Jul 03

Guest post: Brody’s Joy

I asked my mother to write a little something on Brody and this is what she had to say:

Brody’s Joy

There are challenges and sorrows with a child who has Autism. There is lamenting and grieving for what might never be—the normal days of a child’s life.  There is an aching for them to talk to you, to have friends they are close to, and the unfulfilled dreams for the future. I have watched Brody since the onset of Autism and watched what felt like the doors of his mind  close —at least to us– and I have been thrilled since then to have even the smallest connections; like his meeting my eyes for longer than a moment or trying to talk to me or taking me by the hand to lead me somewhere.

But I have also seen that despite all that appears to be absent and might possibly always be absent—there is something that Brody has that other children do not have.  It is an infectious joy.  I am not sure where he has found it.  I am not sure what causes it. But I can see when he is filled with it.  There is no child with such a happy countenance as his. I have never seen such light in a pair of eyes.  When he is happy about something he reacts with his whole body.  He cannot keep still, and he sort of erupts with pure joy. He puts his hands up to his face and rubs it as if his smile is too overwhelming even to him.  He laughs the most delightful little laugh that is the most contagious thing I have heard.  I have seen happy, playful children before— but this is something more.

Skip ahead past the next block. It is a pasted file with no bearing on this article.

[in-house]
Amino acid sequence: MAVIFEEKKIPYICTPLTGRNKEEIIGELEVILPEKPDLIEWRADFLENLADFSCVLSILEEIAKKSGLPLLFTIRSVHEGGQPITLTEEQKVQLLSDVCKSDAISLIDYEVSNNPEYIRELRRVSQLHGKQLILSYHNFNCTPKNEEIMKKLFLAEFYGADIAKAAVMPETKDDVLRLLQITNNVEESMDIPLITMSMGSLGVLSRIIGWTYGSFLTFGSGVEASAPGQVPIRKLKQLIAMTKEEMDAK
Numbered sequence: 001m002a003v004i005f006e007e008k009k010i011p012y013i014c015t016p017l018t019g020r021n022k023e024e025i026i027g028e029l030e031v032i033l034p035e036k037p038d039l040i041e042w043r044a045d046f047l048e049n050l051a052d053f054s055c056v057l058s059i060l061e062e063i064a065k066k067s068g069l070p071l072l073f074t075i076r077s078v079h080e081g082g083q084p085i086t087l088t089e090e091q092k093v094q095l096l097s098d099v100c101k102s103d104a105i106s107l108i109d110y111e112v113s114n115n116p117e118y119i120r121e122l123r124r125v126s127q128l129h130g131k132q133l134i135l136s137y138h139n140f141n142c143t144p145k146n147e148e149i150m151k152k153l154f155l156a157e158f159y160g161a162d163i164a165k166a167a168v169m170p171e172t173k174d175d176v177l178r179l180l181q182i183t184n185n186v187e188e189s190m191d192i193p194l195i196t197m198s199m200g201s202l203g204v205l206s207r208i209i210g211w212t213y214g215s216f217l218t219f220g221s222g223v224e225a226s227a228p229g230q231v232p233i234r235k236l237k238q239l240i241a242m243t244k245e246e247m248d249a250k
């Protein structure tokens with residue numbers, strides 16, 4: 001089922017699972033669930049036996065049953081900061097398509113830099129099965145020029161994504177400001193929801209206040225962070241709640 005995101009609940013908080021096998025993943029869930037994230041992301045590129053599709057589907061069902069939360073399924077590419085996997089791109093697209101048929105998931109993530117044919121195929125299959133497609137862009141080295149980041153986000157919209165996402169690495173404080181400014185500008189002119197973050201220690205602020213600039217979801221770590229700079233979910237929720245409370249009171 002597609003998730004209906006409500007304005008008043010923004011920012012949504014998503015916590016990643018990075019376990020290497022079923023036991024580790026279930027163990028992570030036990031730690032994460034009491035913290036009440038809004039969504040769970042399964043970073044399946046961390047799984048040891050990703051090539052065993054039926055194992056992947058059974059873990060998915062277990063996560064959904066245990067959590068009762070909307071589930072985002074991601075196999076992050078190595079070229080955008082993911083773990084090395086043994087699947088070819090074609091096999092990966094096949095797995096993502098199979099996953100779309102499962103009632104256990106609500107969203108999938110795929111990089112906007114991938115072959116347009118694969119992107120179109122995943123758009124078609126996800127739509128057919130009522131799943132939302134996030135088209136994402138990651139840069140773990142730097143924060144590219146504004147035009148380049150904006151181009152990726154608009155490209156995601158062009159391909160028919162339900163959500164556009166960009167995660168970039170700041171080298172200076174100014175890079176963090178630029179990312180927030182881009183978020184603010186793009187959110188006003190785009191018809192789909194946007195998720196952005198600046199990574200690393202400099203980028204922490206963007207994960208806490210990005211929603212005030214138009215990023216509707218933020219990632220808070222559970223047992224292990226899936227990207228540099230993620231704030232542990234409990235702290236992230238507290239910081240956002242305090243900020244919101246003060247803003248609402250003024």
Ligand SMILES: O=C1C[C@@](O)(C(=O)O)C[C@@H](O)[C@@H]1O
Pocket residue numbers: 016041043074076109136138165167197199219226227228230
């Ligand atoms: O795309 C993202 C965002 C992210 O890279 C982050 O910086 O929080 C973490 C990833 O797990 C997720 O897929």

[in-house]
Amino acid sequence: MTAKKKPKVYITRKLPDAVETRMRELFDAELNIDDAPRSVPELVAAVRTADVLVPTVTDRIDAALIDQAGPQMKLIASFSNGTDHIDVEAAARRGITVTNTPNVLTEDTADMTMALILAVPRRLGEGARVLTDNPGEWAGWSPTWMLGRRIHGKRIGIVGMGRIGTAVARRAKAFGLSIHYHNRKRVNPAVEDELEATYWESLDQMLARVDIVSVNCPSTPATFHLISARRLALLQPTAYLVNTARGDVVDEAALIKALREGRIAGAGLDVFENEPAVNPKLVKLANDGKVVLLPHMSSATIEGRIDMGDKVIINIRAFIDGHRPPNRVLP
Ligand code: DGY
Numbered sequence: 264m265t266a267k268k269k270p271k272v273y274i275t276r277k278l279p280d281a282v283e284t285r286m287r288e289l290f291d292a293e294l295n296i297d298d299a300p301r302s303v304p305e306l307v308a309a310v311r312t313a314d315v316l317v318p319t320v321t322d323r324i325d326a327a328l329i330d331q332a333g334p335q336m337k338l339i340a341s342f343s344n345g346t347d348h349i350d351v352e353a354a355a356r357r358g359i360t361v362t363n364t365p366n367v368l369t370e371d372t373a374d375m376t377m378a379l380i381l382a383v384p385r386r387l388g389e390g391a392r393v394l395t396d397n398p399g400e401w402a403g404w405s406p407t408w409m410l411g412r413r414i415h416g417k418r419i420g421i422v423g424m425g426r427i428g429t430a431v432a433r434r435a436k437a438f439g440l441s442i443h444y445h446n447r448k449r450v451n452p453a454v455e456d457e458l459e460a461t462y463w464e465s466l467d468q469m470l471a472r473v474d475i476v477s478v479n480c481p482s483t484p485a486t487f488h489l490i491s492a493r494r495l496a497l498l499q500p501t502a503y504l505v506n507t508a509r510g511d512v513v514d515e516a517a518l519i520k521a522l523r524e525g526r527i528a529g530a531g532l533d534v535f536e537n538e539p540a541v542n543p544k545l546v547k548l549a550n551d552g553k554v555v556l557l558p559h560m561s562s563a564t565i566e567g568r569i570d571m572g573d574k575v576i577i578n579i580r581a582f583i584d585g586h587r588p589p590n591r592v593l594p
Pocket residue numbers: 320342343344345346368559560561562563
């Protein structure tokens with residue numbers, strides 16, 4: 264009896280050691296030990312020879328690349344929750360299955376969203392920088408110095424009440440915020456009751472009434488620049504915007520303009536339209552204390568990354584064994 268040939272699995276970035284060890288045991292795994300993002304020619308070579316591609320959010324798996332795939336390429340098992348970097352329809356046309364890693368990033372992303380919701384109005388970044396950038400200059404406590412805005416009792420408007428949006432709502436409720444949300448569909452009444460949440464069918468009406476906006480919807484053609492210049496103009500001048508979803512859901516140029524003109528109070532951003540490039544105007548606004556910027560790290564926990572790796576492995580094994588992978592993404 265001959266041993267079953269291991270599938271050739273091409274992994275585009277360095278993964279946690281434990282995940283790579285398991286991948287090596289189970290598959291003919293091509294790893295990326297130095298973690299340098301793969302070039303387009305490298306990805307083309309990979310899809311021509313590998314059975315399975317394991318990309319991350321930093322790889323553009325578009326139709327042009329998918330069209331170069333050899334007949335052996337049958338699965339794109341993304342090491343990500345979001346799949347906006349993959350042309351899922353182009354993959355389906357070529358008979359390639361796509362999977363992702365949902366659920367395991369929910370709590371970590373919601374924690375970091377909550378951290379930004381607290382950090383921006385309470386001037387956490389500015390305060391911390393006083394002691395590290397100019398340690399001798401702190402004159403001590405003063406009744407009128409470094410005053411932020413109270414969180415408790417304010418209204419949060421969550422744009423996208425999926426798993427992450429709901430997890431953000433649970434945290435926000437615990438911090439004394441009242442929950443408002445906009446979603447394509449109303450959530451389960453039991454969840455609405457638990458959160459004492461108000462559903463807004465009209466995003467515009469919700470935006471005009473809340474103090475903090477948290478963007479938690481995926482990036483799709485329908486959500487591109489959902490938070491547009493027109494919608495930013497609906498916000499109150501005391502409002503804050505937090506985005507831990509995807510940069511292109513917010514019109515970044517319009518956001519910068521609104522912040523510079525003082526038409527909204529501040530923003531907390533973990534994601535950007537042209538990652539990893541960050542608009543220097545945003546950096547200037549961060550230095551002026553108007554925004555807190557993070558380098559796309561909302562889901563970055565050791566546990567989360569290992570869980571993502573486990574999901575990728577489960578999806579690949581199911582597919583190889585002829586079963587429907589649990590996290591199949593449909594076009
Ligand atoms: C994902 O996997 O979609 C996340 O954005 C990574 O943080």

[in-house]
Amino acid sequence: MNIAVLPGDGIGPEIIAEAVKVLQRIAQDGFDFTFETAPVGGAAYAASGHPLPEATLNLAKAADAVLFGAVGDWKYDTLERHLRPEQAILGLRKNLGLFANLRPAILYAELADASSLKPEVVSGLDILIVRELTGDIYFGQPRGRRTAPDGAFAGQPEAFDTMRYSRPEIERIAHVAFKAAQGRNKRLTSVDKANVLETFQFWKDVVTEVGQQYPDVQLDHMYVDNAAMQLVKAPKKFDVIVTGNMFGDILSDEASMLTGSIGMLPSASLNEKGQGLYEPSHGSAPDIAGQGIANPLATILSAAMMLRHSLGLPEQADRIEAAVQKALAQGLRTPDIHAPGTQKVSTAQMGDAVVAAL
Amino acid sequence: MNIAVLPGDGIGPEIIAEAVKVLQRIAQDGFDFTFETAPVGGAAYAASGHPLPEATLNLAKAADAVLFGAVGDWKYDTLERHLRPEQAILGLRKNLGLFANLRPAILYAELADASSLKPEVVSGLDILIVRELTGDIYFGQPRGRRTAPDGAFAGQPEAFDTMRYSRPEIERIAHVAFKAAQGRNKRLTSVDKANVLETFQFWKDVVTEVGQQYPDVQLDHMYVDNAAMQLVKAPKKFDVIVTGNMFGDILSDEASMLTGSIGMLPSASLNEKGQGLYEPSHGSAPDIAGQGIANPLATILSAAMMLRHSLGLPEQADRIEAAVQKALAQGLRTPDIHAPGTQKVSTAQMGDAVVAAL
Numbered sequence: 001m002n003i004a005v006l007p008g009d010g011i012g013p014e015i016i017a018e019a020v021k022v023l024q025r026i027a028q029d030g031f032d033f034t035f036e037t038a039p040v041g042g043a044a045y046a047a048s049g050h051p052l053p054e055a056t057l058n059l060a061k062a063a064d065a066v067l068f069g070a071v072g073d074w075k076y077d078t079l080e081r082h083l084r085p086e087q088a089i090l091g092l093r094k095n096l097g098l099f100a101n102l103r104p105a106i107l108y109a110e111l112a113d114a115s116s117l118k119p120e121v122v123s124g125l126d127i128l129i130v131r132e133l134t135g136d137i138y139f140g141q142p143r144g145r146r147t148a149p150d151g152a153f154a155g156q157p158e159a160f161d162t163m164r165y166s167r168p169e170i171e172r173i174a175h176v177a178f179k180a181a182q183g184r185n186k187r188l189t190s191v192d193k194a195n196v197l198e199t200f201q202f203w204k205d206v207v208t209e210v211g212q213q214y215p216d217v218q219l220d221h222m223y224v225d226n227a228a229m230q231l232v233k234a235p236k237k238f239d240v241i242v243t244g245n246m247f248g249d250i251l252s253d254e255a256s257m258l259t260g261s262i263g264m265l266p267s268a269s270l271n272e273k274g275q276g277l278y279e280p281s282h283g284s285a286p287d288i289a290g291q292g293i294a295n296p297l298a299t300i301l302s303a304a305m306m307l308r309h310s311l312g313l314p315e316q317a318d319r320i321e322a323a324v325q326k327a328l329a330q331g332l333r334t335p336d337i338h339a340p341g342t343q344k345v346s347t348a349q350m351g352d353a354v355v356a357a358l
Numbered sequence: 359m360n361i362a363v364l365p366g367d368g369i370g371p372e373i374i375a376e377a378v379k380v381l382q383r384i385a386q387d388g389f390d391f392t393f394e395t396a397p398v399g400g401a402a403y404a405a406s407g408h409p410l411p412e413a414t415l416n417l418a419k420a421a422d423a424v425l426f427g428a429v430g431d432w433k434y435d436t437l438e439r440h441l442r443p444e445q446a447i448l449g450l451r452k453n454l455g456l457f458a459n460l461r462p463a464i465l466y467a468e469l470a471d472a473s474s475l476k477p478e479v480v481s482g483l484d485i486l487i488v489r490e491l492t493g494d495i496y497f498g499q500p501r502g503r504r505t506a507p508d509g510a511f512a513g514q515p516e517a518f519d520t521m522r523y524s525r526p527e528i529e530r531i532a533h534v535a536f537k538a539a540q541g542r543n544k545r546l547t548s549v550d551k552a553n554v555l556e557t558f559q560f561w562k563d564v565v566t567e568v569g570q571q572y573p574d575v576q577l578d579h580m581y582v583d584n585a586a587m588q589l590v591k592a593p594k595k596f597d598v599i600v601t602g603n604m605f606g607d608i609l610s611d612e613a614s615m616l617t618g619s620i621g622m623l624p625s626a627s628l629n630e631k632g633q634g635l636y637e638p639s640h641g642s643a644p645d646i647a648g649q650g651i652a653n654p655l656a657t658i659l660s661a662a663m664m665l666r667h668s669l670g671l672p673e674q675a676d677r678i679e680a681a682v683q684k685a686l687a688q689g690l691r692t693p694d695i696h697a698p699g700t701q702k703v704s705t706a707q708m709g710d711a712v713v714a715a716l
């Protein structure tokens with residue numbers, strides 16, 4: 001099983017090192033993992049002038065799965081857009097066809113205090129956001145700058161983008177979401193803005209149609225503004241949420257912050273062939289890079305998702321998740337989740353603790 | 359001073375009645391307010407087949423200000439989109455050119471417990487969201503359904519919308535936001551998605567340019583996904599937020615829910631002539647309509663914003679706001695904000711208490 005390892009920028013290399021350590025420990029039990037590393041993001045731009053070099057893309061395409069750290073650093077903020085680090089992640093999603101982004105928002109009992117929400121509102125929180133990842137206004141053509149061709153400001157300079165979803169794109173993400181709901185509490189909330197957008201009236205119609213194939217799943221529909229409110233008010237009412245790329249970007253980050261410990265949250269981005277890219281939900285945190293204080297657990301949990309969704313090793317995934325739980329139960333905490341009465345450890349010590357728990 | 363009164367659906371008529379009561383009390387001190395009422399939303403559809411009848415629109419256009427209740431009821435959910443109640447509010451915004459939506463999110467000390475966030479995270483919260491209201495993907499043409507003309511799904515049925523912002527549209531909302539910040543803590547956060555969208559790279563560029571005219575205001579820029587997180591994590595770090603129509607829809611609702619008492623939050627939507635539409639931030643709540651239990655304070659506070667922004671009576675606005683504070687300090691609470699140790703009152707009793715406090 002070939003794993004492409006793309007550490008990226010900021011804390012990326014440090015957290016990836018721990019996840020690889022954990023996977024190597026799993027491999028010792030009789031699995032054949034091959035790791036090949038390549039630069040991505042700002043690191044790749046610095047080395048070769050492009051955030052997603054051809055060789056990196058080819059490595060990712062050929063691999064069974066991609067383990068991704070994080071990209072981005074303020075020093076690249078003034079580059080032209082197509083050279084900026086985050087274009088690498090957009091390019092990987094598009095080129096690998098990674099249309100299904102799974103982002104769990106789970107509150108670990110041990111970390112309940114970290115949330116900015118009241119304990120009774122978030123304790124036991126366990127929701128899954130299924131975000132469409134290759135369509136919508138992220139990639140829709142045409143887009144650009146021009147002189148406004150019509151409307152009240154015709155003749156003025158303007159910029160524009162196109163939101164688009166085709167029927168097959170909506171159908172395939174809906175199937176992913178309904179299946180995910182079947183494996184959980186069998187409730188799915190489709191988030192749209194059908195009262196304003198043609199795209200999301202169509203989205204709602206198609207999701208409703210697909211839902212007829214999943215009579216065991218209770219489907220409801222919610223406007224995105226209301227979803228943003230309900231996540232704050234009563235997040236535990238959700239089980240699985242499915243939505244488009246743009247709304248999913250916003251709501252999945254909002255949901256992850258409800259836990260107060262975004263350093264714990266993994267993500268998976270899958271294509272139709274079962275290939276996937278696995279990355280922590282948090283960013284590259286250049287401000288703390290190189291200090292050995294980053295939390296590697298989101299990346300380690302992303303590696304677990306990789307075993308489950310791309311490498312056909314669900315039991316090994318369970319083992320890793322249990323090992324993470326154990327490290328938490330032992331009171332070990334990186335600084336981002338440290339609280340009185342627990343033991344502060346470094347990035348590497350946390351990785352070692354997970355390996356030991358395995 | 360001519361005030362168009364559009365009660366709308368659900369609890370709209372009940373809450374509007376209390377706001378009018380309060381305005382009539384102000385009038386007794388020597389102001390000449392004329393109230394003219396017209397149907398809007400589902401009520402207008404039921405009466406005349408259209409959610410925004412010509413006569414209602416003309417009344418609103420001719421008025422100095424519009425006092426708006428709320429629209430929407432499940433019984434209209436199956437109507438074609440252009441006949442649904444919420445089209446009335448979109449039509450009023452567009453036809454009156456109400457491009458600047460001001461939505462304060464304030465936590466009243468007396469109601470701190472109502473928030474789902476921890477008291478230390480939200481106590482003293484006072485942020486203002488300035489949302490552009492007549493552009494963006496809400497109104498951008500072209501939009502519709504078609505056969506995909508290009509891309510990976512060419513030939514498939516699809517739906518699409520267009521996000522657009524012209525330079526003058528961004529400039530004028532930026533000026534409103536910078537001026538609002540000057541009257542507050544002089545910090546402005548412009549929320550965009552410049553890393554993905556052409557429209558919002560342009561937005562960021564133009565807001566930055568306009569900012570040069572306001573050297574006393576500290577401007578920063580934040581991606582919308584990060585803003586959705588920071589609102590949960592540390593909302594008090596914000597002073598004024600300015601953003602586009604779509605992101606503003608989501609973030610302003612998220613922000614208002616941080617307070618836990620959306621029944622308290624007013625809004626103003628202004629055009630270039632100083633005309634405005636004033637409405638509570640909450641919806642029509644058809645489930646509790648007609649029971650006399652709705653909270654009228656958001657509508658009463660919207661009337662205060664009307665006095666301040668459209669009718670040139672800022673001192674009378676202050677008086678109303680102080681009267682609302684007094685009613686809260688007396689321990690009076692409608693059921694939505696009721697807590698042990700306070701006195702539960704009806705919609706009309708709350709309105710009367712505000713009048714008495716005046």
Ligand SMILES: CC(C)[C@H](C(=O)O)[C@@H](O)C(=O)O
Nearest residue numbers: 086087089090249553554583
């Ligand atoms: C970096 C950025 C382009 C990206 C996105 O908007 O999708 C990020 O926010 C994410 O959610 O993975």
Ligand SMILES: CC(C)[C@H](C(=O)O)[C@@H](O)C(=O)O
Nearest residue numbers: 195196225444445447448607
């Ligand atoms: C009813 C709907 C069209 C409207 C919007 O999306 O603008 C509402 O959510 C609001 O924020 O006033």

I have wondered what it is that makes him feel these moments of pure joy.  Because he cannot talk, I cannot ask him, and he cannot tell me and so I just watch.  Sometimes it seems to be something he sees; a book, a stuffed animal, a favorite toy.  Sometimes I wonder if it is a memory or thought about a movie he loves or a game he has played.  Other times I wonder if there is something far beyond my understanding that has nothing to do with his external world.   It is almost as if God has given him more joy than the rest of us because of what he does not have.

This child, whose world by all outward measurement is very limited, finds and shows so much happiness and joy that it makes me wonder at myself.  Can I not do the same?  Can I not find joy in everyday life and not wait for the ideal circumstances?  Can I allow little, seemingly insignificant things to bring a smile to my face and a light to my eyes?  Brody makes me want to change and to have even a tiny bit of his joy right now. 


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